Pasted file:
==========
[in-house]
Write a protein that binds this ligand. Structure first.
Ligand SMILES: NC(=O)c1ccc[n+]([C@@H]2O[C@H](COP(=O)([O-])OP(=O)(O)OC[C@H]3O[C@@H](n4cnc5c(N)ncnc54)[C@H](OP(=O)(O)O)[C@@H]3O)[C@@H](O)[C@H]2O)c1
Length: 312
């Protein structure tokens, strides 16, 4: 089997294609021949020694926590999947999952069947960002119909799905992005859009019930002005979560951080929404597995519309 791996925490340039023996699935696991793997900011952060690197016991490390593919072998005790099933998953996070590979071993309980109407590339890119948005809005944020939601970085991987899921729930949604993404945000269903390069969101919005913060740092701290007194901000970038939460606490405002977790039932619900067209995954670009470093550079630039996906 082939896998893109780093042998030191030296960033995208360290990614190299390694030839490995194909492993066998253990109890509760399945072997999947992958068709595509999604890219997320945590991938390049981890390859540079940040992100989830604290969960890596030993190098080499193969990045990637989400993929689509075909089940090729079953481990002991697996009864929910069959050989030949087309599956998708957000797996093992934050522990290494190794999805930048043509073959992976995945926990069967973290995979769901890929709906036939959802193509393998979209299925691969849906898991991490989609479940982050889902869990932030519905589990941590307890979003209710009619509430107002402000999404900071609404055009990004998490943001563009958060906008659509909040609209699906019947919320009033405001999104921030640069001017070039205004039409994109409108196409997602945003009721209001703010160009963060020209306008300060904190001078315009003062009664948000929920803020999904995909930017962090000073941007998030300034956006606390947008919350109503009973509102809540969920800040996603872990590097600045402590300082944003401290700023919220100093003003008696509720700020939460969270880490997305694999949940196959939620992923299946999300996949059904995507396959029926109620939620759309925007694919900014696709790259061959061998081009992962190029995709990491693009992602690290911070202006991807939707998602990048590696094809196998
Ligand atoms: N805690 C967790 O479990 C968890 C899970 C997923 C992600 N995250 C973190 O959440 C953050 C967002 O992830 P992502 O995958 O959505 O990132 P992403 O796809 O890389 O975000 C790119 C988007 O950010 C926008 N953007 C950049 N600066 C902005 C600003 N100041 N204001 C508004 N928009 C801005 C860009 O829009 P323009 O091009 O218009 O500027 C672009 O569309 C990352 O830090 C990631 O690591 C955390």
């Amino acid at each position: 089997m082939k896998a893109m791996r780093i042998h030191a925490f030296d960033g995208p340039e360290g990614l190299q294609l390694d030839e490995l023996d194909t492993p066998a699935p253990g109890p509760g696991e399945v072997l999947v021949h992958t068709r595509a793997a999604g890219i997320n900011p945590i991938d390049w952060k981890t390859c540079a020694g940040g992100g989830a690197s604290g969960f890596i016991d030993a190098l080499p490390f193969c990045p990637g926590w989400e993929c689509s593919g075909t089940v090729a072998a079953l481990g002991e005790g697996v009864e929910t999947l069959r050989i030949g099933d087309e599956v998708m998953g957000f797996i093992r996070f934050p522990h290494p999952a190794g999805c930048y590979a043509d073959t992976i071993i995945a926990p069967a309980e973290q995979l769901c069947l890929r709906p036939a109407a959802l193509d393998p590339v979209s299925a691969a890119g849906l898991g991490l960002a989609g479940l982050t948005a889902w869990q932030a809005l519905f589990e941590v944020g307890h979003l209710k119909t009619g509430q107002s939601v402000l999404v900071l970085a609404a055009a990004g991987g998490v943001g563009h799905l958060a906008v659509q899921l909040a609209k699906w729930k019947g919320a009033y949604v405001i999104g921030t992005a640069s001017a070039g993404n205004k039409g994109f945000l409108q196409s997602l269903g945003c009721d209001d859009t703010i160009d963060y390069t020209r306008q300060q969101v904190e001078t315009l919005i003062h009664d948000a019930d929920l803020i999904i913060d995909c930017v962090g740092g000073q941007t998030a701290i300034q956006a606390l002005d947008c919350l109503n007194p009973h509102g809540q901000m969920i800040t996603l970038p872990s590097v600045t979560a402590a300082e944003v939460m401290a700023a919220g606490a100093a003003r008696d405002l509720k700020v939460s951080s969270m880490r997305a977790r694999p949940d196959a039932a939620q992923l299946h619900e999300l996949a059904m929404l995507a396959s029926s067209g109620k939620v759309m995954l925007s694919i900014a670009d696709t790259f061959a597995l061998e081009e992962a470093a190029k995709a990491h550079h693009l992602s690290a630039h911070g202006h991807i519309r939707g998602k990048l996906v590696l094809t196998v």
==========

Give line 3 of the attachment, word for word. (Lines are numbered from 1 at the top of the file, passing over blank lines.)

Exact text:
Ligand SMILES: NC(=O)c1ccc[n+]([C@@H]2O[C@H](COP(=O)([O-])OP(=O)(O)OC[C@H]3O[C@@H](n4cnc5c(N)ncnc54)[C@H](OP(=O)(O)O)[C@@H]3O)[C@@H](O)[C@H]2O)c1